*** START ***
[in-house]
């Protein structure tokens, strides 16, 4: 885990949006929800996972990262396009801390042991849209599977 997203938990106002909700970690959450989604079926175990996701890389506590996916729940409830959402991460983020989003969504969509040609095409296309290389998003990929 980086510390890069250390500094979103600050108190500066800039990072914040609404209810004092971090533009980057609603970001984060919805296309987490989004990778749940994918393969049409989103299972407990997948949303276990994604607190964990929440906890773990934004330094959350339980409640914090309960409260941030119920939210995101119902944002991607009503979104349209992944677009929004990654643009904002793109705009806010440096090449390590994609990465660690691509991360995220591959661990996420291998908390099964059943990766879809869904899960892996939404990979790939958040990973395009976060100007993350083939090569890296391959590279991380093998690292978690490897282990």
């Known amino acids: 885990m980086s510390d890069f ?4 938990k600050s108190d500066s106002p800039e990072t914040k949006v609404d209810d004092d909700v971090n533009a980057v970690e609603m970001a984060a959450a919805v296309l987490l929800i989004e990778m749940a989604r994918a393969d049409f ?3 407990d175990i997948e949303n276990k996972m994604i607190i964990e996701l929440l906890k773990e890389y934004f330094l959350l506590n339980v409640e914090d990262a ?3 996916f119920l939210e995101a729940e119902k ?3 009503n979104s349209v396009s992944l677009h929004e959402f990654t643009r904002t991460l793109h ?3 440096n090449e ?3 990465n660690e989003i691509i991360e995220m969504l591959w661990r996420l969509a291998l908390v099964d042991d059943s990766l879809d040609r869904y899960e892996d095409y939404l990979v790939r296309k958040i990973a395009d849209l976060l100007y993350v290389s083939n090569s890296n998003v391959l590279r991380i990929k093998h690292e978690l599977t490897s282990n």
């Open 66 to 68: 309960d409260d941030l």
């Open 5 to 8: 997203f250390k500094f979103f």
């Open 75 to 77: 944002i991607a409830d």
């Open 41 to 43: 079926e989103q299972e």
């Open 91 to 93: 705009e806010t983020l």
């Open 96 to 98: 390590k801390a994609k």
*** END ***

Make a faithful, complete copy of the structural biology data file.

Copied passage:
[in-house]
């Protein structure tokens, strides 16, 4: 885990949006929800996972990262396009801390042991849209599977 997203938990106002909700970690959450989604079926175990996701890389506590996916729940409830959402991460983020989003969504969509040609095409296309290389998003990929 980086510390890069250390500094979103600050108190500066800039990072914040609404209810004092971090533009980057609603970001984060919805296309987490989004990778749940994918393969049409989103299972407990997948949303276990994604607190964990929440906890773990934004330094959350339980409640914090309960409260941030119920939210995101119902944002991607009503979104349209992944677009929004990654643009904002793109705009806010440096090449390590994609990465660690691509991360995220591959661990996420291998908390099964059943990766879809869904899960892996939404990979790939958040990973395009976060100007993350083939090569890296391959590279991380093998690292978690490897282990």
């Known amino acids: 885990m980086s510390d890069f ?4 938990k600050s108190d500066s106002p800039e990072t914040k949006v609404d209810d004092d909700v971090n533009a980057v970690e609603m970001a984060a959450a919805v296309l987490l929800i989004e990778m749940a989604r994918a393969d049409f ?3 407990d175990i997948e949303n276990k996972m994604i607190i964990e996701l929440l906890k773990e890389y934004f330094l959350l506590n339980v409640e914090d990262a ?3 996916f119920l939210e995101a729940e119902k ?3 009503n979104s349209v396009s992944l677009h929004e959402f990654t643009r904002t991460l793109h ?3 440096n090449e ?3 990465n660690e989003i691509i991360e995220m969504l591959w661990r996420l969509a291998l908390v099964d042991d059943s990766l879809d040609r869904y899960e892996d095409y939404l990979v790939r296309k958040i990973a395009d849209l976060l100007y993350v290389s083939n090569s890296n998003v391959l590279r991380i990929k093998h690292e978690l599977t490897s282990n």
């Open 66 to 68: 309960d409260d941030l």
């Open 5 to 8: 997203f250390k500094f979103f």
């Open 75 to 77: 944002i991607a409830d």
């Open 41 to 43: 079926e989103q299972e």
């Open 91 to 93: 705009e806010t983020l």
């Open 96 to 98: 390590k801390a994609k």